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Hoppers in Australian trawl fisheries

Hoppers are a practical and efficient sorting device. Sorting the catch is quicker and easier and hoppers keep the target product and bycatch in better condition as they are held in seawater and not exposed to air on the back deck of the trawler.

Hoppers – An industry driven initiative

The design, development and installation of hoppers on trawlers in Australia has been an initiative from industry.

Large hoppers were first developed for trawlers in northern Australian waters in the early 1980′s as a means of improving the quality of large catches of prawns that were exposed to the tropical heat during sorting and processing.

By releasing the trawl catch into a container of seawater on the back deck of the trawler rather than onto a dry sorting tray, prawns are not exposed to air and can “rest” in the seawater after the stress of capture. This allows the prawns to return to their normal colour and to hold their freshness while waiting for sorting, therefore providing a higher quality final product.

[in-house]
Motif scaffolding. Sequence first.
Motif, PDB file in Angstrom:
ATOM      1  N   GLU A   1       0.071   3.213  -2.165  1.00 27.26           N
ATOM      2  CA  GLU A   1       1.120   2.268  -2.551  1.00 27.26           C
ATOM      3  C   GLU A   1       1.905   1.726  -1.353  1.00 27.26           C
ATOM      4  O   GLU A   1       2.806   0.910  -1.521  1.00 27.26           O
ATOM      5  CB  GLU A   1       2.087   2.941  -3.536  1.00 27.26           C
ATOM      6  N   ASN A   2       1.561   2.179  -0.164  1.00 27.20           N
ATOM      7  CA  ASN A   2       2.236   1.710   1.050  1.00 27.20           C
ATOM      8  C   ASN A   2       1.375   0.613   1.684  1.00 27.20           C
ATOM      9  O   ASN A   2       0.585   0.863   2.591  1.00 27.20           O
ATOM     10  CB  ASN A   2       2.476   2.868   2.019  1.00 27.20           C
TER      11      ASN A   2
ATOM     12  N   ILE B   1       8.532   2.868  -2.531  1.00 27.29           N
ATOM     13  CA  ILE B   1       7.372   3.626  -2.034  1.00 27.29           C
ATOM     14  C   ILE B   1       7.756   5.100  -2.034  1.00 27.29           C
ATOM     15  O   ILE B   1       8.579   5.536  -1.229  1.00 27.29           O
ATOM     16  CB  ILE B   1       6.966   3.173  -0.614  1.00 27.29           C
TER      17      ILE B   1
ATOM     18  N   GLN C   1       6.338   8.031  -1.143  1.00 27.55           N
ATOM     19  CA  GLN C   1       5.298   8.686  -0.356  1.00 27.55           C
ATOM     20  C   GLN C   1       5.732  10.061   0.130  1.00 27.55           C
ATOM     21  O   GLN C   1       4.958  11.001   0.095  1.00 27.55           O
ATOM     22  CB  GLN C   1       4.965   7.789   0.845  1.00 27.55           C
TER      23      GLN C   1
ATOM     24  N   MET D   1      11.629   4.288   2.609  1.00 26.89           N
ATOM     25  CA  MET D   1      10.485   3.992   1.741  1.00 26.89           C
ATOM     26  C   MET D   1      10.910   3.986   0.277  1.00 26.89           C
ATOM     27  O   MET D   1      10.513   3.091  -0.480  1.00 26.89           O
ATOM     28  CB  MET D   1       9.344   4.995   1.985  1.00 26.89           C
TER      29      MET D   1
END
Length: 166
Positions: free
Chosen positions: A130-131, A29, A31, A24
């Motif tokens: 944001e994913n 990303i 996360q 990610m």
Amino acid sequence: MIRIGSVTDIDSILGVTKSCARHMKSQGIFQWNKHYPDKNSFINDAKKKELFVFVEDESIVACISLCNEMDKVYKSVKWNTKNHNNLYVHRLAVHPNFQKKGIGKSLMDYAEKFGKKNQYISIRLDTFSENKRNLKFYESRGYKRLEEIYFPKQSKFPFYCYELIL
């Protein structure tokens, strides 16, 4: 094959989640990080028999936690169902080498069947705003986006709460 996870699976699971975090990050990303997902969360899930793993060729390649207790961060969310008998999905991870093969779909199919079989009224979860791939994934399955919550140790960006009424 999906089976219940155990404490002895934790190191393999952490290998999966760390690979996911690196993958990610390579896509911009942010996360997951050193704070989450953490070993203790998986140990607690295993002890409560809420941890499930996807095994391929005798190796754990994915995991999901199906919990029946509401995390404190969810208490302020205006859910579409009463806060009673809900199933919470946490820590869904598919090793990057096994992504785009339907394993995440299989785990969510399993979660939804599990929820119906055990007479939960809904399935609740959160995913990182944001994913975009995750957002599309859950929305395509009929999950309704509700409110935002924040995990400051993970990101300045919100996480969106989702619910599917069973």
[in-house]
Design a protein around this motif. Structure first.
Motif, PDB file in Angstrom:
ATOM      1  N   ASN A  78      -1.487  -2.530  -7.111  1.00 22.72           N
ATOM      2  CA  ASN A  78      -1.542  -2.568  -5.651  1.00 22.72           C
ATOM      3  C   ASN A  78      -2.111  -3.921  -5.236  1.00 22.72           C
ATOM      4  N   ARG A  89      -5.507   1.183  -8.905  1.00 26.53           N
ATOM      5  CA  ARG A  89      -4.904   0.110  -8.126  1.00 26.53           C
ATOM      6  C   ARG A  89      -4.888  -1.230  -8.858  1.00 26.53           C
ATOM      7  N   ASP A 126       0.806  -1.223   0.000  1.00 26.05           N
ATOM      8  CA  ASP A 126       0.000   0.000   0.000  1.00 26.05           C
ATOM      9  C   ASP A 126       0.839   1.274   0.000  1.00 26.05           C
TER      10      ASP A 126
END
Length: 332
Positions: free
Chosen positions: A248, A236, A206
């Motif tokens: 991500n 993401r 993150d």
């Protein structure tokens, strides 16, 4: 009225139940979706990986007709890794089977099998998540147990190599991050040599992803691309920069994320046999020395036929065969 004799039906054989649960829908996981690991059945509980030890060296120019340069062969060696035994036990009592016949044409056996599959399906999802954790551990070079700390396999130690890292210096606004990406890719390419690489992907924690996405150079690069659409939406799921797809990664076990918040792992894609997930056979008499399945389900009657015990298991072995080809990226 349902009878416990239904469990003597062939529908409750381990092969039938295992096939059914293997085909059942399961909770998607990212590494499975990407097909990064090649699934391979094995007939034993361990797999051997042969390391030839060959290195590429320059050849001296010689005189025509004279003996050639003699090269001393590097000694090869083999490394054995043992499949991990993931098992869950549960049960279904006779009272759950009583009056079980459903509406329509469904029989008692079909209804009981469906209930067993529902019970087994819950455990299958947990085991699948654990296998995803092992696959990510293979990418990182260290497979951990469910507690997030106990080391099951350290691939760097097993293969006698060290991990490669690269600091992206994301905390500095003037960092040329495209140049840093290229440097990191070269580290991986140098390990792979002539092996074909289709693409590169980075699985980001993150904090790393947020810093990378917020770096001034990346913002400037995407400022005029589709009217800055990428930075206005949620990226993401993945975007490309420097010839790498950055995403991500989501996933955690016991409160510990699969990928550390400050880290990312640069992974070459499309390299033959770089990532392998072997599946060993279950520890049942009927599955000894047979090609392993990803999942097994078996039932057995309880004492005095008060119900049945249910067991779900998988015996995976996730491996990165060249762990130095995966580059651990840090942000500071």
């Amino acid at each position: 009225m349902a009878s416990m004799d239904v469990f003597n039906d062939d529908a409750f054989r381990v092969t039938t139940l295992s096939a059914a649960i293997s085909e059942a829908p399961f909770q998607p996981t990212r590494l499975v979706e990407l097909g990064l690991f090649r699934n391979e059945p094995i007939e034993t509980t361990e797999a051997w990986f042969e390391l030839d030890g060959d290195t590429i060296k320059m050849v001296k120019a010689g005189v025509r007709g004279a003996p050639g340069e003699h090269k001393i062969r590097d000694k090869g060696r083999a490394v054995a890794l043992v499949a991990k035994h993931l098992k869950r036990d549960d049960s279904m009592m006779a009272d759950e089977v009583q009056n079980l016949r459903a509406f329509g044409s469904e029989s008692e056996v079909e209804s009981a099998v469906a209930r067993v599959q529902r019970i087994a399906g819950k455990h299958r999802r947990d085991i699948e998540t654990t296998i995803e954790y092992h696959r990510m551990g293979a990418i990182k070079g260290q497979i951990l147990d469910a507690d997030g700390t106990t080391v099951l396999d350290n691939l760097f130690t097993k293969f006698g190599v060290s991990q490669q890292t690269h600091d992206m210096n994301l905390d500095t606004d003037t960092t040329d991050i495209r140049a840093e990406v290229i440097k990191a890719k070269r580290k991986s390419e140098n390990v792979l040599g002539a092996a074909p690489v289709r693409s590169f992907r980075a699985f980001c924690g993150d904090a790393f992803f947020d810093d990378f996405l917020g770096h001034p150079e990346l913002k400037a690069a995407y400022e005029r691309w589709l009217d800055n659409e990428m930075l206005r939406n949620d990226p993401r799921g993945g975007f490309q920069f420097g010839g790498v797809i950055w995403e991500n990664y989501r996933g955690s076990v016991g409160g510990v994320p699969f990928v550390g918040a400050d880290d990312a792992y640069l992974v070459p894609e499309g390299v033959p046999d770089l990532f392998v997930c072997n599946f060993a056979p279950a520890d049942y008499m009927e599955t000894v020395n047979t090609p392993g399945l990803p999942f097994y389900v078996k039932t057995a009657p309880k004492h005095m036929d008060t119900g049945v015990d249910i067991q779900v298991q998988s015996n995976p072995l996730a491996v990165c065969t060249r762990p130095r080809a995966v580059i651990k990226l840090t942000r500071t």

Along with improved product quality, hoppers have also improved processing efficiency. The use of a hopper therefore, provides strong economic benefits and as a result, have now been installed on a large number of prawn and scampi trawlers that operate in Australia’s northern waters.

Hoppers are also used in other temperate and southern Australian prawn trawl fisheries, although their uptake has not been as widespread and to date, has mostly been limited by the size of the vessel and cost of the hoppers. A number of vessels in the Scallop Fishery and Pilbara Finfish Fishery in Western Australia, Stout Whiting Fishery in Queensland and the Finfish Trawl Fishery off northern Australia have also adopted large hoppers. Small hoppers are also used in NSW Estuary Trawl Fisheries.

For copies of the handbook “Hoppers in Australian Trawl Fisheries” contact OceanWatch Australia.

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